I'm not going to go into too much detail on the camera side of things, because this is an area that we've covered in our canonical Galaxy Note 20 Ultra review, and there's nothing really different with this one. Samsung made a lot of changes with regards to imaging in 2020, and the result is that its flagships are on par with the best that Google and others have to offer.
One area in particular where things have gotten much better is portrait mode, with Samsung tweaking its segmentation algorithms to deliver better separation between the foreground and background. With the Note 20 Ultra, the addition of a laser autofocus module gives it a distinct edge over the S20 Ultra, which had issues with focusing.
The 108MP camera module is a known quantity, and the Note 20 Ultra takes incredible shots in just about any lighting condition. Images tend to come out with plenty of detail, have a wide dynamic range, and colors aren't too saturated.
Samsung has also done a great job ensuring the wide-angle lens delivers the same caliber of shots as the primary lens, and overall the Note 20 Ultra is one of the best cameras you'll find on Android today.
Galaxy Note 20 Ultra Exynos Software
The Note 20 Ultra comes with One UI 2.5 based on Android 10 out of the box. Samsung has delivered several updates to the phone in the last two months, including monthly security patches and bug fixes.
Even Samsung's flagships aren't spared from bloatware and spam notifications.
While Samsung has gotten much better at delivering security updates, the one area where it is still lagging behind is platform updates. The Note 20 Ultra is eligible for the Android 11-based One UI 3.0 beta in the U.S., but it will likely be the end of the year before a stable update is available for the device.
As for the software experience itself, One UI 2.5 brings a lot of new features. Samsung finally lets you use gestures with third-party launchers, the built-in screen recorder has picked up additional options, there's wireless DeX, and so much more. The UI itself hasn't changed much from the Galaxy S20 series (that's coming with One UI 3.0), but Samsung has managed to finesse a few elements.
The one downside is the spam notifications. Samsung continues to push ads via the My Galaxy app and Galaxy Store, and it just isn't a good look to get ads on a flagship phone. Then there's the usual bloatware that includes uninstallable Facebook services, Microsoft Office, and LinkedIn. I like the direction Samsung is taking on the software front, but the bloatware and ads detract from what is otherwise a great software experience.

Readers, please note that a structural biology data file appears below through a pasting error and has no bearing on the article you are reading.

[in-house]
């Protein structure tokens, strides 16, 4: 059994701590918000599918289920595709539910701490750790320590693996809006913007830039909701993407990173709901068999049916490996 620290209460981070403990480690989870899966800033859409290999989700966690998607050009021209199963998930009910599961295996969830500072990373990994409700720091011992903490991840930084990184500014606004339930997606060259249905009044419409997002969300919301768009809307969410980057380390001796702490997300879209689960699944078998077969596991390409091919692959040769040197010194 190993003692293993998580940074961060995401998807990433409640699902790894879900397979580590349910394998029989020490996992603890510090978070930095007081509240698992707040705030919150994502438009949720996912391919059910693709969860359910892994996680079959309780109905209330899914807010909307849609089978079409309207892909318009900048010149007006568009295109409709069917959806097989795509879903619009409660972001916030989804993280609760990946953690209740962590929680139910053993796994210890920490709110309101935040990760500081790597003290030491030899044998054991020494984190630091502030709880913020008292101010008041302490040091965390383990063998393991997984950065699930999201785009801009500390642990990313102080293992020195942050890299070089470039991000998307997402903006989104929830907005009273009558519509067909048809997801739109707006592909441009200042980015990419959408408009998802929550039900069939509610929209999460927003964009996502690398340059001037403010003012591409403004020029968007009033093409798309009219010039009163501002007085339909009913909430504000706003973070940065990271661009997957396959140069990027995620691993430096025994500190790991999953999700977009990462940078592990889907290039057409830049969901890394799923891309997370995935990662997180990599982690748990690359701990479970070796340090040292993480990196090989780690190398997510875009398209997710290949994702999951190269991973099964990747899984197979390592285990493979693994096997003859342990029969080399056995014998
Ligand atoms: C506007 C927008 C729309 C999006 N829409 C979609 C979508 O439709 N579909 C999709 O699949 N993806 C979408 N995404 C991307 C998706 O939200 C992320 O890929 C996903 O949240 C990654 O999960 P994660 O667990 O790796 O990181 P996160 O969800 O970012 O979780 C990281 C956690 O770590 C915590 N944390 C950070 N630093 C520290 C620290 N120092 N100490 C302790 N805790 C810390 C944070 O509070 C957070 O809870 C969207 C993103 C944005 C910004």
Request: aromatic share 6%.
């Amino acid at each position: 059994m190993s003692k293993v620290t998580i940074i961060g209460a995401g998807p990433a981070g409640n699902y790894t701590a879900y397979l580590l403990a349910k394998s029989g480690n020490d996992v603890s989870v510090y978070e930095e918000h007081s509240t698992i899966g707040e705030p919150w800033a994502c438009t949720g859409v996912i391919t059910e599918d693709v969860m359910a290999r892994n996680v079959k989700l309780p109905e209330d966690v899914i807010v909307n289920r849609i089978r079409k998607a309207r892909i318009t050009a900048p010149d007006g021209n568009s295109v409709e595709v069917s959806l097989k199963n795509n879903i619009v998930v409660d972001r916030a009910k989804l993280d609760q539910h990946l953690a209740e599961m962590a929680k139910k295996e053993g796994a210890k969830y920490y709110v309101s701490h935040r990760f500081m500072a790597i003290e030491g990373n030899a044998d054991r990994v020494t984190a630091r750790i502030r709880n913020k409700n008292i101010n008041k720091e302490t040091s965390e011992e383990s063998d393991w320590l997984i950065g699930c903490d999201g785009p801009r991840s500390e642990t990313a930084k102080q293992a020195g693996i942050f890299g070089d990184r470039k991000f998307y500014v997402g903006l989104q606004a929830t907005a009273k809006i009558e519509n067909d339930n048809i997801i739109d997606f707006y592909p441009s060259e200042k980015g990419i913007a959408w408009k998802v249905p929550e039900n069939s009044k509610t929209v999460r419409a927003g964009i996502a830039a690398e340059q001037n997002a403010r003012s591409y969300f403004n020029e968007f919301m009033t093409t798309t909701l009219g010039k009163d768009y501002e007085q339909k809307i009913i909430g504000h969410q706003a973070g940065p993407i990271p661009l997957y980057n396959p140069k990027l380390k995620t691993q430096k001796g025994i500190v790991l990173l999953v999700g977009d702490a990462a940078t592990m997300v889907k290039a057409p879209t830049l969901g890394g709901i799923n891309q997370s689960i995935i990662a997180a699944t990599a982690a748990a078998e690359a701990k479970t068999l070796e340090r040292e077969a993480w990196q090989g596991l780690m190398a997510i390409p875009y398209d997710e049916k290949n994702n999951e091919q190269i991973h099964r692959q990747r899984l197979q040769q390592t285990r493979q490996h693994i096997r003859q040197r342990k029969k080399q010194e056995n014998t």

Galaxy Note 20 Ultra Exynos The competition
This year has been particularly great for flagships, and there are plenty of choices if you're in the market for a new phone in 2020. The Find X2 Pro continues to be a standout choice in the flagship segment, and the phone is available for £743 ($965) on Amazon UK. The Find X2 Pro has a 120Hz AMOLED panel, a gorgeous vegan leather back that makes it stand out, Snapdragon 865 with 5G, outstanding cameras, and 65W fast charging.
Then there's the OnePlus 8 Pro. The phone has a lot of similarities with the Find X2 Pro, and you get the same 120Hz panel, Snapdragon 865 chipset, and 48MP camera at the back, and there's 30W wired and wireless charging. The phone also received the stable Android 11 update, giving you the ability to use the latest version of Android. The phone is on sale for £720 ($936) on Amazon UK and retails for ₹54,999 ($736) on Amazon India.
Galaxy Note 20 Ultra Exynos Should you buy?
You should buy this if ...
You're upgrading from a Galaxy Note 8 or Note 9
Using an older Galaxy Note? You'll be immediately familiar on the Note 20 Ultra, and there are considerable upgrades on offer, particularly with the camera and 120Hz screen.
You want the latest features
The Note 20 Ultra is the most feature-packed device you can buy today, with Samsung offering IP68 water resistance, wireless charging, and the latest internal hardware with 5G connectivity.
You need a phone with a stylus
If you use a stylus with any regularity, the Note 20 Ultra is the only option in 2020.
You should not buy this if ...
You want a compact device
The Note 20 Ultra is the largest phone I've used in 2020, and I used well over 60 phones this year. So if you're looking for a device that you can use one-handed, look elsewhere.
Samsung's launch schedule runs like a well-oiled machine: every February, we get a new phone in the Galaxy S series, and six months later, it's followed by a new Note device. While Samsung traditionally introduced new camera features and reserved its best hardware for the Note offerings in years past, these days it's the Galaxy S series phones that get all the new features.
If money is no object, the Galaxy Note 20 Ultra is a great phone in 2020.
That was the case with the Galaxy S20. The phones were the first to receive the 120Hz panels and new camera tech, and this shift in strategy makes sense. After all, the Galaxy S series is the mainstream lineup, so by debuting new features on the S20, Samsung is just catering to a wider set of users.
So where does that leave the Note series? Well, other than a few design changes and the inclusion of the S Pen, there really isn't anything to differentiate the Note lineup from the Galaxy S devices anymore. Don't get me wrong; the Galaxy Note 20 Ultra gets a lot right: you get a gorgeous design, incredible screen, great cameras, and all-day battery life.
It may not have a lot of standout features from the S20 series, but the Note 20 Ultra is still a great phone in its own right. The screen is sublime, the cameras are fantastic, and I like the Mystic Bronze design a lot. Samsung hasn't pushed the needle too much from the Note 10+ here, but if you are using the Note 8 or Note 9 and considering an upgrade this year, the Note 20 Ultra is the obvious choice.
All the extras
Galaxy Note 20 Ultra
The ultimate Android flagship
If you're in the market for a flagship that doesn't miss out on any feature, the Note 20 Ultra is the obvious choice. The phone comes with a sublime 120Hz AMOLED screen, a massive battery that lasts all day, outstanding cameras, and a gorgeous design that stands out. If you need a stylus and are looking to upgrade, there really isn't anything else that comes close.